Senator Tim Scott urges HHS to report on racial disparities in COVID-19 pandemic

Coronavirus
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CHARLESTON, S.C. (WCBD) – Senator Tim Scott (R-SC) is calling on the Department of Health and Human Services (HHS) to investigate emerging reports of COVID-19 disproportionately impacting communities of color.

In a letter sent to HHS Secretary, Alex Azar, Scott cited “concerning reports…suggesting that COVID-19 has had a particularly harmful impact on communities of color.” Specifically, Scott noted that African Americans in Michigan comprise just 14% of the state’s population, but as of Monday, accounted for 33% of reported COVID-19 cases and 41% of COVID-19 related deaths. In an interview with MSNBC, Chicago Mayor Lori Lightfoot said that 72% of all COVID-19 related deaths have been in black Chicagoans, despite the group accounting for only 30% of Chicago’s general population.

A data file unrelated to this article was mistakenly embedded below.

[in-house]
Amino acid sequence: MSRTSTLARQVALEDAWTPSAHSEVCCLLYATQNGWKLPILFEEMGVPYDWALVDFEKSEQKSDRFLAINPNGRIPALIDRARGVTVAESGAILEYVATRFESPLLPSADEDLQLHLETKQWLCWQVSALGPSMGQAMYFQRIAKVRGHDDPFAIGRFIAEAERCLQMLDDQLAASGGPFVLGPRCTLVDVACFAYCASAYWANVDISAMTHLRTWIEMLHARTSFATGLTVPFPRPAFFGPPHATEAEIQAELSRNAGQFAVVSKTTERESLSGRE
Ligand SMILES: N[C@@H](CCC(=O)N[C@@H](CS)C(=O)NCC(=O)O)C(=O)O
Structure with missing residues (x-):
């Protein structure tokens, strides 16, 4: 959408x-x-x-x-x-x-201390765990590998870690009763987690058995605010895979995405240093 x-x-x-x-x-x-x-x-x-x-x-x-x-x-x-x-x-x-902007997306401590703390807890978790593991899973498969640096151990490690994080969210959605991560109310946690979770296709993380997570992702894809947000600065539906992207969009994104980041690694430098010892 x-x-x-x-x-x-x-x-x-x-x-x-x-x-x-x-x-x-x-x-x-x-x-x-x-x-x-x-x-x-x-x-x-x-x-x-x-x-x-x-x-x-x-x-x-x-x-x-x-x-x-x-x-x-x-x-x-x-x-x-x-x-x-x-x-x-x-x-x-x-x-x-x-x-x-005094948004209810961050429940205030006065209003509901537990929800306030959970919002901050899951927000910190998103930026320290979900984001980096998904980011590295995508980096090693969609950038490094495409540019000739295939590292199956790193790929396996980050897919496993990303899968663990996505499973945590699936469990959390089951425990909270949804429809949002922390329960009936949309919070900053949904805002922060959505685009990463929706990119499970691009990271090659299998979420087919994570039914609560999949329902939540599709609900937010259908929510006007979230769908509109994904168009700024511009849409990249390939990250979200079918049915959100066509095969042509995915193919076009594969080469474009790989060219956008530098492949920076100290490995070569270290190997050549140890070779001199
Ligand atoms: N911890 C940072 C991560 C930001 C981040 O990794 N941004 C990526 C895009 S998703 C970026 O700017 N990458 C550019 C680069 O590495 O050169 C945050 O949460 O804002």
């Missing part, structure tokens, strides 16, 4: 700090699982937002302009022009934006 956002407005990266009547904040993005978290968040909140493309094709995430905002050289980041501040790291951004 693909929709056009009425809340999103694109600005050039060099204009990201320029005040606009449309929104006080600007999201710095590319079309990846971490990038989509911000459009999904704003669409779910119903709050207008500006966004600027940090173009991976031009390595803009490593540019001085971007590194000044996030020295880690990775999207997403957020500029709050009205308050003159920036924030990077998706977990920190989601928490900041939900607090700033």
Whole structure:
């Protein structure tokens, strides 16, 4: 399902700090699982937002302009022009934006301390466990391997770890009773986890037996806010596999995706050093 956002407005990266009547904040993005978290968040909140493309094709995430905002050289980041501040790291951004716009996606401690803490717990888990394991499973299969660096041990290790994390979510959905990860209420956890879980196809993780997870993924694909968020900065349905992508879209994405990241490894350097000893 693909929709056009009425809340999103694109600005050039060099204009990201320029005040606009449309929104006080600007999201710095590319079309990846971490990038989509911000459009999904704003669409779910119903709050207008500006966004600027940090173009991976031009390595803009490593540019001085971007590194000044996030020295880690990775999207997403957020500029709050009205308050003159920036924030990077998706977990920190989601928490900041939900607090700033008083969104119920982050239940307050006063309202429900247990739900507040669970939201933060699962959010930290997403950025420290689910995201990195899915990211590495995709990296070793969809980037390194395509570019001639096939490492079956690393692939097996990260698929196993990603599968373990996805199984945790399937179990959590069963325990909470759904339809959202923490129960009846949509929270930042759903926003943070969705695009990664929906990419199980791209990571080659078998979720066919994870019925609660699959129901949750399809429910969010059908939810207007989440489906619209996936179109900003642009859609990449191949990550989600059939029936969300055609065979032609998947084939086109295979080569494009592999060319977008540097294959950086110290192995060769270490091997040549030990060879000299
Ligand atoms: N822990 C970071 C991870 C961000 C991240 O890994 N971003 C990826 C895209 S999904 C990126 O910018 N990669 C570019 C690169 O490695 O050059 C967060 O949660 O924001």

Due to what Scott calls “patchwork” demographic data, it is currently unclear what exactly, if any, the racial disparities are.

One theory is that underlying conditions that could lead to a more difficult battle with COVID-19, such as cardiovascular issues and diabetes, are more prevalent in certain populations.

Another theory is that the social determinants of health, such as access to healthcare and living conditions, could contribute to contracting, spreading, and treating the disease.

In a press conference on Tuesday, President Trump acknowledged the studies indicating that COVID-19 has a disproportionate impact on African Americans, and said that his team is working to understand why.

Scott encouraged Azar to contribute to the investigation. He specifically requested that Azar “use the tools and authorities available to the Department to identify, monitor, and analyze potential disparities in the prevalence, along with the hospitalization and mortality rates, of this disease”

Scott went on to argue that understanding the disparities is crucial, because “as we develop a more robust understanding of how COVID-19 impacts different communities, as well as what underlying or associated factors may drive these differences, we can more effectively address the needs at hand and more aggressively combat this terrible disease.” Scott concluded by saying that a more in depth understanding of these factors would benefit all Americans.

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